Over 10 million people qualify for Medicaid based on a disability. Although many are dually eligible for Medicare and Medicaid, most (6.2 million) do not have Medicare coverage. People under age 65 who qualify for Medicaid on the basis of a disability include adults and children with disabilities that they have had since birth and others who have disabling conditions acquired through illness, injury, or trauma. Medicaid beneficiaries enrolled through disability pathways include those with physical conditions (such as quadriplegia, traumatic brain injuries); intellectual or developmental disabilities (for example, cerebral palsy, autism, Down syndrome); and serious behavioral disorders or mental illness (such as schizophrenia or bipolar disorder).
Over one-third of Medicaid beneficiaries who qualify on the basis of a disability do so through receipt of Supplemental Security Income (SSI), the federal cash assistance program for the elderly and people with disabilities who have low levels of income and assets.
SSI disability pathway
SSI is a federal program providing cash assistance to low-income persons with disabilities (under age 65) and seniors (age 65 and older). In most states, SSI beneficiaries are a mandatory population for state Medicaid programs and are automatically eligible for Medicaid.
Nearly all Medicaid disability pathways use the same definition of disability that SSI uses. This is also the definition used for adults in the Social Security Disability Insurance (SSDI) program, through which qualifying individuals may obtain Medicare after a 24-month waiting period.
This definition was designed to grant eligibility for federal income support when an individual’s ability to work is significantly impaired, rather than when broad criteria concerning functional or health status are met. As a result, many individuals who have multiple chronic conditions may not be eligible for Medicaid on the basis of a disability. In addition, some enrollees could meet the criteria to be considered disabled but because they already have obtained Medicaid through a non-disability pathway (e.g., as a low-income child or parent) they have not sought a disability determination.
Other eligibility pathways
Medicaid programs may also offer eligibility to people with disabilities through other optional pathways. Generally, individuals still must meet the SSI definition of disability, but their countable income or assets may be above SSI levels. These include:
- Poverty level. States have the option to cover people with disabilities with income or assets above the level permitted for SSI eligibility.
- Medically needy.Under this option, people with disabilities who have higher incomes can spend down to a state-specified medically needy income level by incurring medical expenses.
- Special income level.Under this option, states can cover institutionalized individuals with incomes up to 300 percent of the SSI benefit rate (approximately $2,199 per month for an individual, or 222 percent of the federal poverty level); states may also extend this eligibility to individuals who receive home and community- based waiver services as an alternative to institutionalization.
- Working people with disabilities.States must cover certain qualified, severely impaired individuals whose earnings would otherwise disqualify them from Medicaid; states can allow certain other working people with disabilities to buy into Medicaid.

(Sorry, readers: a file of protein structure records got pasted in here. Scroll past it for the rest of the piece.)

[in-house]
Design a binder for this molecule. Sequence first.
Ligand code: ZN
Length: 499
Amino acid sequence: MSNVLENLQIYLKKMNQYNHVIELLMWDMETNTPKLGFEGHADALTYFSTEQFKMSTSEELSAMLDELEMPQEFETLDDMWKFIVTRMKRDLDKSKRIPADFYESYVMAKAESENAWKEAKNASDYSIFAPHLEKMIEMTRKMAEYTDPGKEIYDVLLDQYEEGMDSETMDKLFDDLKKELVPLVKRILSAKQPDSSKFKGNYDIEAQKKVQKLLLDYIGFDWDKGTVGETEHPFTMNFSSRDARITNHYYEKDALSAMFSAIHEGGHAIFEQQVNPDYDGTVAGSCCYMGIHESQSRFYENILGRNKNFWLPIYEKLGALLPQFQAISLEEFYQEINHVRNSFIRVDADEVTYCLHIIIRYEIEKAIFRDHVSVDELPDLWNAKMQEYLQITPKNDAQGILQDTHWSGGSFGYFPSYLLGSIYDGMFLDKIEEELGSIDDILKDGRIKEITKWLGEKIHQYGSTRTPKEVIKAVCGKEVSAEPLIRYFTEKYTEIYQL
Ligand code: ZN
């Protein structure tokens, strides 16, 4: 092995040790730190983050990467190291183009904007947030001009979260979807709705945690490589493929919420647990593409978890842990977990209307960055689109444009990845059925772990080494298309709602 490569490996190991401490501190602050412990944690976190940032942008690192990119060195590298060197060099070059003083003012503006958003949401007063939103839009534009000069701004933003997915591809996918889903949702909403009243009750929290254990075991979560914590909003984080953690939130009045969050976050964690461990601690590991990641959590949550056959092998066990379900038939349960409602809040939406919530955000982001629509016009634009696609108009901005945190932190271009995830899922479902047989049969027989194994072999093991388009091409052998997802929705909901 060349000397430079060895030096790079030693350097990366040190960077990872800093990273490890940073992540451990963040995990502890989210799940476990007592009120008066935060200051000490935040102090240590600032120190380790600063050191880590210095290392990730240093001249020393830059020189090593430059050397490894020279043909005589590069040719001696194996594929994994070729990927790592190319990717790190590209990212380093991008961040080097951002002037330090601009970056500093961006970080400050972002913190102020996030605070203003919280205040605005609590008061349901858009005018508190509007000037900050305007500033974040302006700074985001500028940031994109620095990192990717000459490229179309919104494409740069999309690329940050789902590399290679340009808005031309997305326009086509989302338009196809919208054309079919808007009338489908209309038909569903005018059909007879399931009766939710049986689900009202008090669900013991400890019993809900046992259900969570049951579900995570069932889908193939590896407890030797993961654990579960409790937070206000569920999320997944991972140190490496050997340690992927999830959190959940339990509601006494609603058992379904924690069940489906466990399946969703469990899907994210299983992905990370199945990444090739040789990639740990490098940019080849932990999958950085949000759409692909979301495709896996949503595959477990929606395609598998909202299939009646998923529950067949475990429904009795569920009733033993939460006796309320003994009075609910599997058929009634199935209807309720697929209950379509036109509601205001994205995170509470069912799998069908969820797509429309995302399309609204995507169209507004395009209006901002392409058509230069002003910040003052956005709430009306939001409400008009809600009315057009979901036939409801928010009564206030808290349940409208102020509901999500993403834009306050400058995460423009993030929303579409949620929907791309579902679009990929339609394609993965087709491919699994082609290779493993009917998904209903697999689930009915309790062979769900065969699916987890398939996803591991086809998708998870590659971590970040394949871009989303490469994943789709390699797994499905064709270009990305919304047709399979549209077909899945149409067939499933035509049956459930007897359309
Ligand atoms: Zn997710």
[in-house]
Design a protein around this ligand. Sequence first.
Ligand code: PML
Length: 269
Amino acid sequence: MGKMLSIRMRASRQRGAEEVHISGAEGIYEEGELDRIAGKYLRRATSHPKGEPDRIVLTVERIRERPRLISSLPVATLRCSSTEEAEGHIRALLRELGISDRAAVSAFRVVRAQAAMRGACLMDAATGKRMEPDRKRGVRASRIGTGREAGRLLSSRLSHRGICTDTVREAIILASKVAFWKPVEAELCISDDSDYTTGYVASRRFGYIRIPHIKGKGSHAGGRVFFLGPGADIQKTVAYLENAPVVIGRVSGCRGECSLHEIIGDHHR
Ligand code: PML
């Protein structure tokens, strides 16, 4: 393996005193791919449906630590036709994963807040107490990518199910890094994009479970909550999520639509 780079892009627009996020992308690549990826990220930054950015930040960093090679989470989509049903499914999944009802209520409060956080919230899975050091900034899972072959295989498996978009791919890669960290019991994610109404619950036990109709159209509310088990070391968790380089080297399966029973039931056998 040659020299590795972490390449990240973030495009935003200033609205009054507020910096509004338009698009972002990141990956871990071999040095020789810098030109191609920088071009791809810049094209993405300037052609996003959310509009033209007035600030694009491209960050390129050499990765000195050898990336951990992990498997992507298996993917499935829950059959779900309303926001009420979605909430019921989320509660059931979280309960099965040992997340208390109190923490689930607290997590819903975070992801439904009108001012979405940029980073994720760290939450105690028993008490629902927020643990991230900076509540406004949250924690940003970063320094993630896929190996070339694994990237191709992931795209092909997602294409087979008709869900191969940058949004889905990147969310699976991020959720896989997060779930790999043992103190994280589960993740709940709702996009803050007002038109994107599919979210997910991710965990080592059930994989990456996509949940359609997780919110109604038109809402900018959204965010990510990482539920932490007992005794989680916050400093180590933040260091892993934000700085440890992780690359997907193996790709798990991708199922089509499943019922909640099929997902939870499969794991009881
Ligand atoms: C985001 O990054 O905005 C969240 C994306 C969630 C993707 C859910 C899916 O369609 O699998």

- Home and community-based services (HCBS).States may extend eligibility to individuals who receive certain HCBS and require an institutional level of care or meet other needs-based criteria that assess functional status.
TABLE 1. Eligibility Pathways for People with Disabilities
|Eligibility group||Federal statutory and regulatory requirements||State plan options|
|Disabled individuals (under age 65)||Disabled individuals receiving SSI
Disabled adult children
Optional poverty and low-income-related pathways
Individuals with disabilities receiving services in the community
|Medically needy||Medically needy option2
Notes: FPL is federal poverty level. Aid to Families with Dependent Children (AFDC) is the cash assistance program that was replaced by Temporary Assistance to Needy Families (TANF) in 1996. SSI is Supplemental Security Income.
1 Rather than conferring automatic Medicaid eligibility on all SSI recipients, states (referred to as 209b states) can use more restrictive criteria to determine Medicaid eligibility.
2 States can choose to cover medically needy individuals that would be categorically eligible, except for their incomes. Specifically, states can cover individuals with incomes above categorically needy income levels up to 133 percent of the state’s 1996 AFDC level. This includes individuals age 65 and older, individuals with disabilities, as well as parents, pregnant women, and children. If states choose to cover individuals under the medically needy pathway, then states are required to cover children under 18 and pregnant women during the course of their pregnancy.
Source: MACPAC, 2017, Federal Requirements and State Options: Eligibility.
Medicaid and Persons with Disabilities, Chapter 1 of MACPAC’s March 2012 Report to the Congress on Medicaid and CHIP
Access to Care for Persons with Disabilities, Chapter 3 of MACPAC’s June 2013 Report to the Congress on Medicaid and CHIP
Data Book: Beneficiaries Dually Eligible for Medicare and Medicaid, a joint project of MACPAC and the Medicare Payment Advisory Commission (MedPAC)